More Insights
Newest First  |  Oldest First  |  Threaded View
David Balaban
David Balaban,
User Rank: Strategist
12/8/2016 | 10:08:44 AM
Re: Silver lining
I understand you mean only private computer users. I encountered locky ransomware on my working laptop. all my working files got encrypted.  I began exploring  the ransomware. Here is my conclusion: there is a lot of information on this topic in the web, including this site, but people don't understand the danger of ransomware, do not take preventive measures, and look for a solution only after their computer are already affected.
User Rank: Ninja
6/23/2016 | 7:24:51 AM
Silver lining
Considering how far off we seem to be from having any decent recourse when this sort of malware hits, the only comforting idea is that it's focusing more on businesses than individuals. While businesses have more financial potential for the hackers, they also have more insurance and data stolen affects profits, not hearts and lives. 

Losing all of your family photos is devastating and irreplaceable. While losing business documents is terrible, it's far more preferable.
Who Does What in Cybersecurity at the C-Level
Steve Zurier, Freelance Writer,  3/16/2018
New 'Mac-A-Mal' Tool Automates Mac Malware Hunting & Analysis
Kelly Jackson Higgins, Executive Editor at Dark Reading,  3/14/2018
IoT Product Safety: If It Appears Too Good to Be True, It Probably Is
Pat Osborne, Principal - Executive Consultant at Outhaul Consulting, LLC, & Cybersecurity Advisor for the Security Innovation Center,  3/12/2018
Register for Dark Reading Newsletters
White Papers
Current Issue
How to Cope with the IT Security Skills Shortage
Most enterprises don't have all the in-house skills they need to meet the rising threat from online attackers. Here are some tips on ways to beat the shortage.
Flash Poll
[Strategic Security Report] Navigating the Threat Intelligence Maze
[Strategic Security Report] Navigating the Threat Intelligence Maze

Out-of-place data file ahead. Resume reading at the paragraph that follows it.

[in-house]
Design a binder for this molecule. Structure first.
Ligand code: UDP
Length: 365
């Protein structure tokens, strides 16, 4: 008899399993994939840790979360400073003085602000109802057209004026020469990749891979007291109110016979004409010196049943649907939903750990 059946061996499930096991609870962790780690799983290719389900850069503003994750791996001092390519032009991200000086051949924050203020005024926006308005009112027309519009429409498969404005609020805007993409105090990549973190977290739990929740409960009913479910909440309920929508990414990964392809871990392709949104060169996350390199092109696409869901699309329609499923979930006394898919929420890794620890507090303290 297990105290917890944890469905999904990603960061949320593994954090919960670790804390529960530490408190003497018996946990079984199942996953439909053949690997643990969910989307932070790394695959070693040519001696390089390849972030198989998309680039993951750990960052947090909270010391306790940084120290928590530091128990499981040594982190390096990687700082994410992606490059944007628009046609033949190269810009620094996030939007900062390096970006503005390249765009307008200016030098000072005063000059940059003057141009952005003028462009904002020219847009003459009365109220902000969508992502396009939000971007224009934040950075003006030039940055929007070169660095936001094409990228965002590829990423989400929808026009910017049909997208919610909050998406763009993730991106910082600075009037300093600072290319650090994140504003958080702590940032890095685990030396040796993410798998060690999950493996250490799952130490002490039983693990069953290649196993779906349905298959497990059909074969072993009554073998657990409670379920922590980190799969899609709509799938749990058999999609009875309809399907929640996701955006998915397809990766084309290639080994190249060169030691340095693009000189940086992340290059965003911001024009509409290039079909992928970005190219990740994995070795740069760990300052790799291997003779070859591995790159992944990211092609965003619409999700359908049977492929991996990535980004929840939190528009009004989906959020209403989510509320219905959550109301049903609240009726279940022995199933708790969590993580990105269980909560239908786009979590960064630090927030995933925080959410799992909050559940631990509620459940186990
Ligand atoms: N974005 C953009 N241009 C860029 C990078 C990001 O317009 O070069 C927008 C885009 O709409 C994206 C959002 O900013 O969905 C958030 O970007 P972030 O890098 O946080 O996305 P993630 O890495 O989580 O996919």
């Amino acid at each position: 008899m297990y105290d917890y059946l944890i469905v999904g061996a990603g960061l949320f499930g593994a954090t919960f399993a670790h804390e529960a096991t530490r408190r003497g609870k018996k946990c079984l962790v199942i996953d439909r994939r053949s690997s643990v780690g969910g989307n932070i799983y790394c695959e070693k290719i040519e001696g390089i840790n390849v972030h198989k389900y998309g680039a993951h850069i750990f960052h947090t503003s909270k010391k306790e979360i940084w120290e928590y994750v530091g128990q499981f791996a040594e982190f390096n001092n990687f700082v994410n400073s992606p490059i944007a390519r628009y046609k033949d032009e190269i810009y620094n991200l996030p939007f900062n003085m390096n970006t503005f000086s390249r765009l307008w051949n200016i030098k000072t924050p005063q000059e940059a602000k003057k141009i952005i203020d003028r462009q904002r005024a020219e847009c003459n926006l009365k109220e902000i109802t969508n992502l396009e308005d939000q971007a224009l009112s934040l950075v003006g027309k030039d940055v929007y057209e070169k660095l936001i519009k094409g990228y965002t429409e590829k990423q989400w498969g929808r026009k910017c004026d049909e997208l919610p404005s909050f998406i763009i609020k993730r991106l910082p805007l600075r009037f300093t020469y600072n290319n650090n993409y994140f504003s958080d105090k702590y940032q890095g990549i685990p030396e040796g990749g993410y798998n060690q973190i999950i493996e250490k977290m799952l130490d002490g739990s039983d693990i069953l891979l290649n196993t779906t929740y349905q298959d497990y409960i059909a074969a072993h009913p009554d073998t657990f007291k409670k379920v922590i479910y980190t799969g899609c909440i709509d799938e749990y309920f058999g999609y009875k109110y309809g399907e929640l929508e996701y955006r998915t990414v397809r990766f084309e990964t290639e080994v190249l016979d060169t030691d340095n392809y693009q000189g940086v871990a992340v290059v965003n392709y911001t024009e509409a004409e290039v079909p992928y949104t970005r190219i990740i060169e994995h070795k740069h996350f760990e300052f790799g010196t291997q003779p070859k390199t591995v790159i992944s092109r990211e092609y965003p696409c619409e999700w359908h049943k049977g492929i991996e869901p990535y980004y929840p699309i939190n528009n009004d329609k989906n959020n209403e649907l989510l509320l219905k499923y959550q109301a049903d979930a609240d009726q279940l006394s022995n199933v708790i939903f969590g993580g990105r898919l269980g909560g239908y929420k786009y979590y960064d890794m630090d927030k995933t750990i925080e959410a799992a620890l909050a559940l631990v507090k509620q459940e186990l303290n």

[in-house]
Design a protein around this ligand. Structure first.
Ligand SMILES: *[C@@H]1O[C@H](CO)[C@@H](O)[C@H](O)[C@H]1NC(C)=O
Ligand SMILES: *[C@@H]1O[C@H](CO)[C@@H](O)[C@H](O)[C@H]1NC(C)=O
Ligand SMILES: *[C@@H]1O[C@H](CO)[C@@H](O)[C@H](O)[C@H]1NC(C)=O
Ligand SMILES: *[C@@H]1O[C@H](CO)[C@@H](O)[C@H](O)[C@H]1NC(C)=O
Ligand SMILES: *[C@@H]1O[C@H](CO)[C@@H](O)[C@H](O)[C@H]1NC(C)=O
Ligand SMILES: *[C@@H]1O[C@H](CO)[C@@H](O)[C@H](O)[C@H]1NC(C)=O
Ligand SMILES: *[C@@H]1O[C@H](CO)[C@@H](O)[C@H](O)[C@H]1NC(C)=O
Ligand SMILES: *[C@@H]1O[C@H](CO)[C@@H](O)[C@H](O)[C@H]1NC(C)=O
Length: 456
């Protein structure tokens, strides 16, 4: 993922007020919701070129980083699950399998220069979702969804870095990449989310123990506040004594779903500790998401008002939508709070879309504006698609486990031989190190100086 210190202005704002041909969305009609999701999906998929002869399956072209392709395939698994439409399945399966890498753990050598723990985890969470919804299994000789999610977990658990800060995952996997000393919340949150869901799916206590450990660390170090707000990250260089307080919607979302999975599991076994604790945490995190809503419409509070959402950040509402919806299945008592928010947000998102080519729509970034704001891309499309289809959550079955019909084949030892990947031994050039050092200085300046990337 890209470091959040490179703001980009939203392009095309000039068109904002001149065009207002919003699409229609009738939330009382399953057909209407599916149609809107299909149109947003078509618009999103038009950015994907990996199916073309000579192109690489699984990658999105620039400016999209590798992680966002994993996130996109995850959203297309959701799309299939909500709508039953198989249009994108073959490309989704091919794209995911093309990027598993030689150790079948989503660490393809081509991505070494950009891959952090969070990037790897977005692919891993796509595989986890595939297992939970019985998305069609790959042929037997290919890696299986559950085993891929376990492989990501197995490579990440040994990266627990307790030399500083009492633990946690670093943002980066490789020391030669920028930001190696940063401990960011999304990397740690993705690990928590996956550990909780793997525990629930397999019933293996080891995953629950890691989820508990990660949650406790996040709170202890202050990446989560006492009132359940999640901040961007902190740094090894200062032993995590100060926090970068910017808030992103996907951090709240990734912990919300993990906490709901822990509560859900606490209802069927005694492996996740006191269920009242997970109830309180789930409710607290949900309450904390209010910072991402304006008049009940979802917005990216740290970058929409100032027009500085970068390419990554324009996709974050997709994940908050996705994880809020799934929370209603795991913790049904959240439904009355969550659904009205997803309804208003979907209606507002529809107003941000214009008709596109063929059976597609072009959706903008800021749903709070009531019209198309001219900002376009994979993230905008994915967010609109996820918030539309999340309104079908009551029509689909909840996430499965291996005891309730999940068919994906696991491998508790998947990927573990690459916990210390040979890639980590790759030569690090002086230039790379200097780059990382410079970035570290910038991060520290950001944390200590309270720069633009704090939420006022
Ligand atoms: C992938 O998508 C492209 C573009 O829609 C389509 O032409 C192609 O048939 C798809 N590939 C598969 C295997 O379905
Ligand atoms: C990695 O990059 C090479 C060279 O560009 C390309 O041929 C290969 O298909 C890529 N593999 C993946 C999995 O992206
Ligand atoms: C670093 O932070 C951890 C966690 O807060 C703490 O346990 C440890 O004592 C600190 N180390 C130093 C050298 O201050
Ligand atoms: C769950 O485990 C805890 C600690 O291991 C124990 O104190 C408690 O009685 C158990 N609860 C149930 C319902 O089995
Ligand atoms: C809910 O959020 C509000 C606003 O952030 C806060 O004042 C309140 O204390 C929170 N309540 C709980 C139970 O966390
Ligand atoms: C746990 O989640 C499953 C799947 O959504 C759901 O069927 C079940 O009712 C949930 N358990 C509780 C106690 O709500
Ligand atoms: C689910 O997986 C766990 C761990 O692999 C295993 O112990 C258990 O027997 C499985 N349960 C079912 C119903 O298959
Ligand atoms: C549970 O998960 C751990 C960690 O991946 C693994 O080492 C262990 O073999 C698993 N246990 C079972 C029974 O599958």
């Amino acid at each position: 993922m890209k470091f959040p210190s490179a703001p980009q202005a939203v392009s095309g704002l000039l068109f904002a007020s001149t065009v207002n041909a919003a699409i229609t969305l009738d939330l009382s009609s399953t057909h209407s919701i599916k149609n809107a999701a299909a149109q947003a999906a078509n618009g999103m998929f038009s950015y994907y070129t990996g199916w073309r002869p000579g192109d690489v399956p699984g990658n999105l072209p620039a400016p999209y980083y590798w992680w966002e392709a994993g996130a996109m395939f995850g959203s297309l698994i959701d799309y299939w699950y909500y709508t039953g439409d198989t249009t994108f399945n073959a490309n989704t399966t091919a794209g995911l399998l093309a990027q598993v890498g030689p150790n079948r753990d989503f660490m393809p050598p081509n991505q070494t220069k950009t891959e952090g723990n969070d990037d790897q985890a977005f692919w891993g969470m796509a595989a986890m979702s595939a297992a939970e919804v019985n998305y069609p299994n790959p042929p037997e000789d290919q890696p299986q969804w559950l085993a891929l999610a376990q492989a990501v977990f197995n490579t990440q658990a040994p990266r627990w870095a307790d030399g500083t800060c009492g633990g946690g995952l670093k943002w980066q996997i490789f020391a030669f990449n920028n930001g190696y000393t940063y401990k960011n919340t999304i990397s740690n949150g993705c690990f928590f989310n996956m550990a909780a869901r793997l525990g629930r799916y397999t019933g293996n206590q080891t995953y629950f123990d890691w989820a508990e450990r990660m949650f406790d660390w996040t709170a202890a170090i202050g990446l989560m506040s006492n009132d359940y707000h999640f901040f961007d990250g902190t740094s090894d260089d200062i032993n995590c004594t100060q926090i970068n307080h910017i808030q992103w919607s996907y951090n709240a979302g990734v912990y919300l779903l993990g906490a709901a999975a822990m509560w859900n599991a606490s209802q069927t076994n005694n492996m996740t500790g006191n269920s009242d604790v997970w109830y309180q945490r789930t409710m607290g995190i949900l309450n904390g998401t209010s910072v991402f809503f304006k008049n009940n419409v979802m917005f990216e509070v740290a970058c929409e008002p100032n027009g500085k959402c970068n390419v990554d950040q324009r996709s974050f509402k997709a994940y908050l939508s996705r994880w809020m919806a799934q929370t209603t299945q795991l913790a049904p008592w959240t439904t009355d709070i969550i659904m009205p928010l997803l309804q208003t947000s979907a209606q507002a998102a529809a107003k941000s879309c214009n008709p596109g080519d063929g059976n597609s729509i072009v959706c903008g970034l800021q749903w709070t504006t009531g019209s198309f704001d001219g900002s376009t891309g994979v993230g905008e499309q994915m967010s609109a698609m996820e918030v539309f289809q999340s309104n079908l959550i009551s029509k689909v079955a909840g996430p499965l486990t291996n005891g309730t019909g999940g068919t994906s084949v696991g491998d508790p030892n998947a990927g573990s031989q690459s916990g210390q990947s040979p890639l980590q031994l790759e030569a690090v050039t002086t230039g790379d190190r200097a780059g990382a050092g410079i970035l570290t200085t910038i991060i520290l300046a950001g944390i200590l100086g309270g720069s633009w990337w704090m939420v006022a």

Most enterprises are using threat intel services, but many are still figuring out how to use the data they're collecting. In this Dark Reading survey we give you a look at what they're doing today - and where they hope to go.
Twitter Feed
Dark Reading - Bug Report
Bug Report
Enterprise Vulnerabilities
From DHS/US-CERT's National Vulnerability Database
Published: 2017-05-09
NScript in mpengine in Microsoft Malware Protection Engine with Engine Version before 1.1.13704.0, as used in Windows Defender and other products, allows remote attackers to execute arbitrary code or cause a denial of service (type confusion and application crash) via crafted JavaScript code within ...

Published: 2017-05-08
unixsocket.c in lxterminal through 0.3.0 insecurely uses /tmp for a socket file, allowing a local user to cause a denial of service (preventing terminal launch), or possibly have other impact (bypassing terminal access control).

Published: 2017-05-08
A privilege escalation vulnerability in Brocade Fibre Channel SAN products running Brocade Fabric OS (FOS) releases earlier than v7.4.1d and v8.0.1b could allow an authenticated attacker to elevate the privileges of user accounts accessing the system via command line interface. With affected version...

Published: 2017-05-08
Improper checks for unusual or exceptional conditions in Brocade NetIron 05.8.00 and later releases up to and including 06.1.00, when the Management Module is continuously scanned on port 22, may allow attackers to cause a denial of service (crash and reload) of the management module.

Published: 2017-05-08
Nextcloud Server before 11.0.3 is vulnerable to an inadequate escaping leading to a XSS vulnerability in the search module. To be exploitable a user has to write or paste malicious content into the search dialogue.